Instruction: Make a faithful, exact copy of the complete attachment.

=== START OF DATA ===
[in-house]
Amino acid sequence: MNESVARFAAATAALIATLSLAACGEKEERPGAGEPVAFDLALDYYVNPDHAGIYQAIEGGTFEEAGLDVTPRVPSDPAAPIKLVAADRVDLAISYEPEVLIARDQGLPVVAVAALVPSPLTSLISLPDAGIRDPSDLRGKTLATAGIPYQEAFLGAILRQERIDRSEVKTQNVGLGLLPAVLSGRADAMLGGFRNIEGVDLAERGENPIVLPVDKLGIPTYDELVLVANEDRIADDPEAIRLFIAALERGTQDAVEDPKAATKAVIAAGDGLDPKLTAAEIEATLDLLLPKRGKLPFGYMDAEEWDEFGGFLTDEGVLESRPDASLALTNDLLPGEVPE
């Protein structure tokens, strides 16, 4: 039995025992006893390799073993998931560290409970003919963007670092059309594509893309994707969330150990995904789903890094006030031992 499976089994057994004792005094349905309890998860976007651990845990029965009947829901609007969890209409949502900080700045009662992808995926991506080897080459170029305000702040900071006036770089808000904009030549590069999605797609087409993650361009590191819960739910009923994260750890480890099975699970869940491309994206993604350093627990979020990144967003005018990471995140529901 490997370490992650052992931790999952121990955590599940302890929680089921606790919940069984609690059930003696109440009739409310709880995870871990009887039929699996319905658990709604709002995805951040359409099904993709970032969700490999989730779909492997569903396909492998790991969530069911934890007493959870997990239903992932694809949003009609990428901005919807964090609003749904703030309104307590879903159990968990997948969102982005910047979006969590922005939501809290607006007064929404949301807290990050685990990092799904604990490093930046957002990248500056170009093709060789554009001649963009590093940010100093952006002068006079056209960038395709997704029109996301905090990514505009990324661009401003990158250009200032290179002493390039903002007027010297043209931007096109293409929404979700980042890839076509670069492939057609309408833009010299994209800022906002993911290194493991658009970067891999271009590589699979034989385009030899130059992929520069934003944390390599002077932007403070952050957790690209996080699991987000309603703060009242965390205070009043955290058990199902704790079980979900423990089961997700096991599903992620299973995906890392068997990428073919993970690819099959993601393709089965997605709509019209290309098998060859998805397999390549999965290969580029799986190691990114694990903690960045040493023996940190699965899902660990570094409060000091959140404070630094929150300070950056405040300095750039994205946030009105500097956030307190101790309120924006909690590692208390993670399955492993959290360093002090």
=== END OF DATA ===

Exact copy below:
[in-house]
Amino acid sequence: MNESVARFAAATAALIATLSLAACGEKEERPGAGEPVAFDLALDYYVNPDHAGIYQAIEGGTFEEAGLDVTPRVPSDPAAPIKLVAADRVDLAISYEPEVLIARDQGLPVVAVAALVPSPLTSLISLPDAGIRDPSDLRGKTLATAGIPYQEAFLGAILRQERIDRSEVKTQNVGLGLLPAVLSGRADAMLGGFRNIEGVDLAERGENPIVLPVDKLGIPTYDELVLVANEDRIADDPEAIRLFIAALERGTQDAVEDPKAATKAVIAAGDGLDPKLTAAEIEATLDLLLPKRGKLPFGYMDAEEWDEFGGFLTDEGVLESRPDASLALTNDLLPGEVPE
């Protein structure tokens, strides 16, 4: 039995025992006893390799073993998931560290409970003919963007670092059309594509893309994707969330150990995904789903890094006030031992 499976089994057994004792005094349905309890998860976007651990845990029965009947829901609007969890209409949502900080700045009662992808995926991506080897080459170029305000702040900071006036770089808000904009030549590069999605797609087409993650361009590191819960739910009923994260750890480890099975699970869940491309994206993604350093627990979020990144967003005018990471995140529901 490997370490992650052992931790999952121990955590599940302890929680089921606790919940069984609690059930003696109440009739409310709880995870871990009887039929699996319905658990709604709002995805951040359409099904993709970032969700490999989730779909492997569903396909492998790991969530069911934890007493959870997990239903992932694809949003009609990428901005919807964090609003749904703030309104307590879903159990968990997948969102982005910047979006969590922005939501809290607006007064929404949301807290990050685990990092799904604990490093930046957002990248500056170009093709060789554009001649963009590093940010100093952006002068006079056209960038395709997704029109996301905090990514505009990324661009401003990158250009200032290179002493390039903002007027010297043209931007096109293409929404979700980042890839076509670069492939057609309408833009010299994209800022906002993911290194493991658009970067891999271009590589699979034989385009030899130059992929520069934003944390390599002077932007403070952050957790690209996080699991987000309603703060009242965390205070009043955290058990199902704790079980979900423990089961997700096991599903992620299973995906890392068997990428073919993970690819099959993601393709089965997605709509019209290309098998060859998805397999390549999965290969580029799986190691990114694990903690960045040493023996940190699965899902660990570094409060000091959140404070630094929150300070950056405040300095750039994205946030009105500097956030307190101790309120924006909690590692208390993670399955492993959290360093002090």